Weekend Reading: The Power of Health Savings Accounts for Retirement Planning
This article appears as part of Casey Weade's Weekend Reading for Retirees series. Every Friday, Casey highlights four hand-picked articles on trending retirement topics and delivers them straight to your email inbox. Get on the list here.
Do you have a Health Savings Account (HSA)? If so, it’s time to ensure you’re truly maximizing its benefits for retirement.READ THE ARTICLE
Do you have a Health Savings Account (HSA)? If so, it’s time to ensure you’re truly maximizing its benefits for retirement. While generally, this savings vehicle is utilized to pay for medical expenses amongst individuals with high deductible health insurance plans, it can also be an extremely tax-efficient tool in your second act.
The perks: For one, contributions to an HSA are deductible from gross income, and two, distributions from the account are never taxed as long as they go toward a qualified medical expense. Additionally, HSAs have zero Required Minimum Distributions (RMDs), and your spouse can inherit the account while having the same benefits as you.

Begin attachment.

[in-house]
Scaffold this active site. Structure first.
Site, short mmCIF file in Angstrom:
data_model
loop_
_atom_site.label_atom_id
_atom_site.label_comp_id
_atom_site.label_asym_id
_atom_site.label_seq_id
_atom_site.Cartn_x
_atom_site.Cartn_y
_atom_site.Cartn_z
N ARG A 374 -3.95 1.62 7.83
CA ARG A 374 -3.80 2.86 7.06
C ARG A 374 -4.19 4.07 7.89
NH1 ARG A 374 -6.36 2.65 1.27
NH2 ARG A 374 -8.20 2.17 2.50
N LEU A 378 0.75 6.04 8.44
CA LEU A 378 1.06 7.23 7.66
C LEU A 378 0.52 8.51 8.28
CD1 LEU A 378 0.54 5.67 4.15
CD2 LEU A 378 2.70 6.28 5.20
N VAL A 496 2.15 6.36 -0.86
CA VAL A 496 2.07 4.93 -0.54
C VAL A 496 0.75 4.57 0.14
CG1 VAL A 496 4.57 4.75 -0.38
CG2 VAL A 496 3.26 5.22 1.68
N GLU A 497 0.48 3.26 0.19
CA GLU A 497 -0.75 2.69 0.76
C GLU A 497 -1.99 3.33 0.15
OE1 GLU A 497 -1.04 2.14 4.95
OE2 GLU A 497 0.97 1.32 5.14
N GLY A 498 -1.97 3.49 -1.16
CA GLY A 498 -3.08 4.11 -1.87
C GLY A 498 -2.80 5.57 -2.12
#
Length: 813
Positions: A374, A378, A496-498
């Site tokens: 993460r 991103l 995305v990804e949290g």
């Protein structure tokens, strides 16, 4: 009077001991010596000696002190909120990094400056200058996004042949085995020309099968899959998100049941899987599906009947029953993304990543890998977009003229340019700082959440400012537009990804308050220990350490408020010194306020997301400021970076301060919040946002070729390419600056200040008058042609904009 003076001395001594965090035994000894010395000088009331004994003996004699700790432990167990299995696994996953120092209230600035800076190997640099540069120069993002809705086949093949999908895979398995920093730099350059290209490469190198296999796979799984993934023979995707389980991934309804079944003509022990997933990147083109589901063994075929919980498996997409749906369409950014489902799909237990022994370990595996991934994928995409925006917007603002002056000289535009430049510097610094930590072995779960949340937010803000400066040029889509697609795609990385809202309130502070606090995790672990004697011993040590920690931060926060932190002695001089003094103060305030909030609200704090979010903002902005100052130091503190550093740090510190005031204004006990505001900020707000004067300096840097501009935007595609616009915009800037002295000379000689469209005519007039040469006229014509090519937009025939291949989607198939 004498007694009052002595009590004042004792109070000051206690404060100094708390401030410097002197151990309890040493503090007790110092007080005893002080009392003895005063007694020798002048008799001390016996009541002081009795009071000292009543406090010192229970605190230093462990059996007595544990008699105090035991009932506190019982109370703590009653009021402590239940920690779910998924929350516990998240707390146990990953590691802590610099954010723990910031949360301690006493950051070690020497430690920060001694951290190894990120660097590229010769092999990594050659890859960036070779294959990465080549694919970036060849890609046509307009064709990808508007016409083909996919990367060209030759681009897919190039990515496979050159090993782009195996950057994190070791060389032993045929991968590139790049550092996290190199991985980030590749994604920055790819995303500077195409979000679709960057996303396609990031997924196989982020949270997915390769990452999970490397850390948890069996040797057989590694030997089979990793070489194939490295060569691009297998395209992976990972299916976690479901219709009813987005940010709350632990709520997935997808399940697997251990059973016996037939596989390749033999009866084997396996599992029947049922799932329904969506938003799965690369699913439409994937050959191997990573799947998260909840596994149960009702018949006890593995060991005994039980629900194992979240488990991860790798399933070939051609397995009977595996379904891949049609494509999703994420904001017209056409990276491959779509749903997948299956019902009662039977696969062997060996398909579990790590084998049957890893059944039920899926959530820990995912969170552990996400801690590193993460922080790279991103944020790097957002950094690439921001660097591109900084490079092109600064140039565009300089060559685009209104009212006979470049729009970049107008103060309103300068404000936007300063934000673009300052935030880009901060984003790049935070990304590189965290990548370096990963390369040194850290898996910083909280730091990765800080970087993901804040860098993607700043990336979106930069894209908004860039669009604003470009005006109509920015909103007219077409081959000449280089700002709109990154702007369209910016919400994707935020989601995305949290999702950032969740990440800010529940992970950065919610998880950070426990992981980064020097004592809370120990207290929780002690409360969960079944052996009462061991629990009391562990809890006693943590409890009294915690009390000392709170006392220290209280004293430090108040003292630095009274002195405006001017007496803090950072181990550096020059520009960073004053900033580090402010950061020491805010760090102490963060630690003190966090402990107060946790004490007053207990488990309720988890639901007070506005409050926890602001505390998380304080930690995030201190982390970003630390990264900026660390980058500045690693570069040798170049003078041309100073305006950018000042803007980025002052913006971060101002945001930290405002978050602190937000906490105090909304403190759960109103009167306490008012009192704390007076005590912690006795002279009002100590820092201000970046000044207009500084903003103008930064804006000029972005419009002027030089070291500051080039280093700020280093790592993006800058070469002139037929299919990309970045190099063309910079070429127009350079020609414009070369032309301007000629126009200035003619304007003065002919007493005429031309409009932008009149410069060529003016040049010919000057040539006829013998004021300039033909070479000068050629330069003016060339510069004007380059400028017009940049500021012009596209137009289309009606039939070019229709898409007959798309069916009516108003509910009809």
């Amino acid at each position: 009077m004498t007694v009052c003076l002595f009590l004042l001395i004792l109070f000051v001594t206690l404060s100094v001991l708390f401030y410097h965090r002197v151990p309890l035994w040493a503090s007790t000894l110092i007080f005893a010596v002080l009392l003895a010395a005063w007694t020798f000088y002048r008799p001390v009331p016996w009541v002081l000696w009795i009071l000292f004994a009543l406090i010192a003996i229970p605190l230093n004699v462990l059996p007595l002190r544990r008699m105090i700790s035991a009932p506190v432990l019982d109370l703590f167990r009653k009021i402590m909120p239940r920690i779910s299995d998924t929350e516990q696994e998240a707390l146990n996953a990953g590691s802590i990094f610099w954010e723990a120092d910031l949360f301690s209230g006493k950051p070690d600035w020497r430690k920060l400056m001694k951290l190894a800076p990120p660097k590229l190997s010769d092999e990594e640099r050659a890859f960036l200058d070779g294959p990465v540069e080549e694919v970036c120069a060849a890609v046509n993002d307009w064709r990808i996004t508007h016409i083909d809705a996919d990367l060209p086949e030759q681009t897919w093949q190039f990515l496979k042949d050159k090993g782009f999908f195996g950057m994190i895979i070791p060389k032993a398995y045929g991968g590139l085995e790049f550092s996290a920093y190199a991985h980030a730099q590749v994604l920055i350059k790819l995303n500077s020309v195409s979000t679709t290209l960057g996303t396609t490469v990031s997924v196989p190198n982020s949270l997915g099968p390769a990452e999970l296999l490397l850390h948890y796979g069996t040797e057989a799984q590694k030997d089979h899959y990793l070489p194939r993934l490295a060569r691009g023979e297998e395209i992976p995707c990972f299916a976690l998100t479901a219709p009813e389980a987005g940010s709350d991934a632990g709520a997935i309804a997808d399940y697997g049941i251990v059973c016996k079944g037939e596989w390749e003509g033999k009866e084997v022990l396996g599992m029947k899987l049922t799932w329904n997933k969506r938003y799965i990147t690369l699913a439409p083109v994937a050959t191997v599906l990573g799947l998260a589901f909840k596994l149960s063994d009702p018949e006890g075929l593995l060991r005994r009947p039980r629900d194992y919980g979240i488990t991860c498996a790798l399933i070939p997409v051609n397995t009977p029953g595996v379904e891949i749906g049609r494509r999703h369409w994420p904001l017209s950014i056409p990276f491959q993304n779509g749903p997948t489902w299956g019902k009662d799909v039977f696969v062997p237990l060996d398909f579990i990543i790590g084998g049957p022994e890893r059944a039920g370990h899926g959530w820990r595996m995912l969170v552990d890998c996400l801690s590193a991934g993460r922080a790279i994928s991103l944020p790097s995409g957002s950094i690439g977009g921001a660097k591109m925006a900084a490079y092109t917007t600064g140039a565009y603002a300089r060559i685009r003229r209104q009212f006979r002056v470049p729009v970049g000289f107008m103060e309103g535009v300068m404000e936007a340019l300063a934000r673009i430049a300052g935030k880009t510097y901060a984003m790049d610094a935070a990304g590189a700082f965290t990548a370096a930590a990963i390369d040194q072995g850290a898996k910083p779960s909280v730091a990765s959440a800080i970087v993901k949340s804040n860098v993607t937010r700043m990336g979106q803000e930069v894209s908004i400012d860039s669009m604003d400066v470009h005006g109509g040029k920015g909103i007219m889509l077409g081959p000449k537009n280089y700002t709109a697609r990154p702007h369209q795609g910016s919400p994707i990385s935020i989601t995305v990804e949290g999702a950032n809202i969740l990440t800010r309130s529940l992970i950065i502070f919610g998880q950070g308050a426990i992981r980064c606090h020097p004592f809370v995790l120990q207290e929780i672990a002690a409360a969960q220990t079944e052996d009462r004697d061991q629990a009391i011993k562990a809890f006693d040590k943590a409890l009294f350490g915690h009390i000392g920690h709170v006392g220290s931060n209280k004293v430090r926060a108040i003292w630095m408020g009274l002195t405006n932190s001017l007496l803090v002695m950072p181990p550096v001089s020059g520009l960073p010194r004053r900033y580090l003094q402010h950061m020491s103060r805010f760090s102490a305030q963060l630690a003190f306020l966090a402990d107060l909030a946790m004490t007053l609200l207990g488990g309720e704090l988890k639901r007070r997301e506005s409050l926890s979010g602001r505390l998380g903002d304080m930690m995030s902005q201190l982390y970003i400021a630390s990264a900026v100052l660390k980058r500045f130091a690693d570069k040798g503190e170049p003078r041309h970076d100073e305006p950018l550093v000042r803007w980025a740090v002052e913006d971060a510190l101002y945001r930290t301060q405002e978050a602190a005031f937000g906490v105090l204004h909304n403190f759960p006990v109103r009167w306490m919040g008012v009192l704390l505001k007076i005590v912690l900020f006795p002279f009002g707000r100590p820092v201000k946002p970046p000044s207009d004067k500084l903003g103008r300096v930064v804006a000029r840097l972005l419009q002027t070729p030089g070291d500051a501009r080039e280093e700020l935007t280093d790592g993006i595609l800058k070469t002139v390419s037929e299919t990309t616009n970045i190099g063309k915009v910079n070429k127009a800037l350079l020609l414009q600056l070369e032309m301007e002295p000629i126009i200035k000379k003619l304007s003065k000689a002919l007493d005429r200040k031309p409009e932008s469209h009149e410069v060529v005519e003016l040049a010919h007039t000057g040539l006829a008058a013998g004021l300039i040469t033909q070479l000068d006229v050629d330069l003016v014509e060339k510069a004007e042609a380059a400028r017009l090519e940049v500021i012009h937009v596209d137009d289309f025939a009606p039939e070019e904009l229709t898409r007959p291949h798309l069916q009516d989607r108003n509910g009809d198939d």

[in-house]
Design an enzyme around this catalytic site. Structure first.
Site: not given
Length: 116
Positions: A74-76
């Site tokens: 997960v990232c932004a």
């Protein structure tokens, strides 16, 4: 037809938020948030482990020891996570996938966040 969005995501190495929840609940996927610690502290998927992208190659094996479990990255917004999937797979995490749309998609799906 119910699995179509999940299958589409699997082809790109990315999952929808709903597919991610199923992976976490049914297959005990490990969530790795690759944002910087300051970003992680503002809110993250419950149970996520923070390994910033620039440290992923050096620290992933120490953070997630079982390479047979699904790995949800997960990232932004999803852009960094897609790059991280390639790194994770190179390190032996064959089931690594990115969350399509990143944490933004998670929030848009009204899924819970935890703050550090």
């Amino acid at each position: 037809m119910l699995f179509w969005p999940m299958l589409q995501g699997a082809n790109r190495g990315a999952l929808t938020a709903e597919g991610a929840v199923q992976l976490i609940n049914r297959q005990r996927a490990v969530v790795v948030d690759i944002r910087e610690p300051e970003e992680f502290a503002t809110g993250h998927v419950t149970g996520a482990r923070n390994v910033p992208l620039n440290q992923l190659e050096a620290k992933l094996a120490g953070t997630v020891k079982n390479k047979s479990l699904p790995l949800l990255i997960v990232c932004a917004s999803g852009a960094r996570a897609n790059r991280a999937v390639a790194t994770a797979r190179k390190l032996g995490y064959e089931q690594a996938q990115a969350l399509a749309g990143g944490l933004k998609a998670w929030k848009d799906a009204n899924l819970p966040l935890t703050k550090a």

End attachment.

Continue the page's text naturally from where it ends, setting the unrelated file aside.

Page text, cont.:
Much like any other part of your retirement portfolio, an HSA can be invested and earn the same returns. As an added bonus, distributions don’t need to pay for current medical expenses, meaning if you might need additional income later in retirement, keep your receipts and receive reimbursement at that time.
Food for thought: It goes without saying, HSA benefits span wide, but once you sign up for any part of Medicare, contributions to your account can no longer be made. If you had to ultimately decide between a traditional IRA and an HSA, would the HSA be the better choice? It’s something to consider, given the avoidance of RMDs and advantage of tax-free distributions for medical expenses.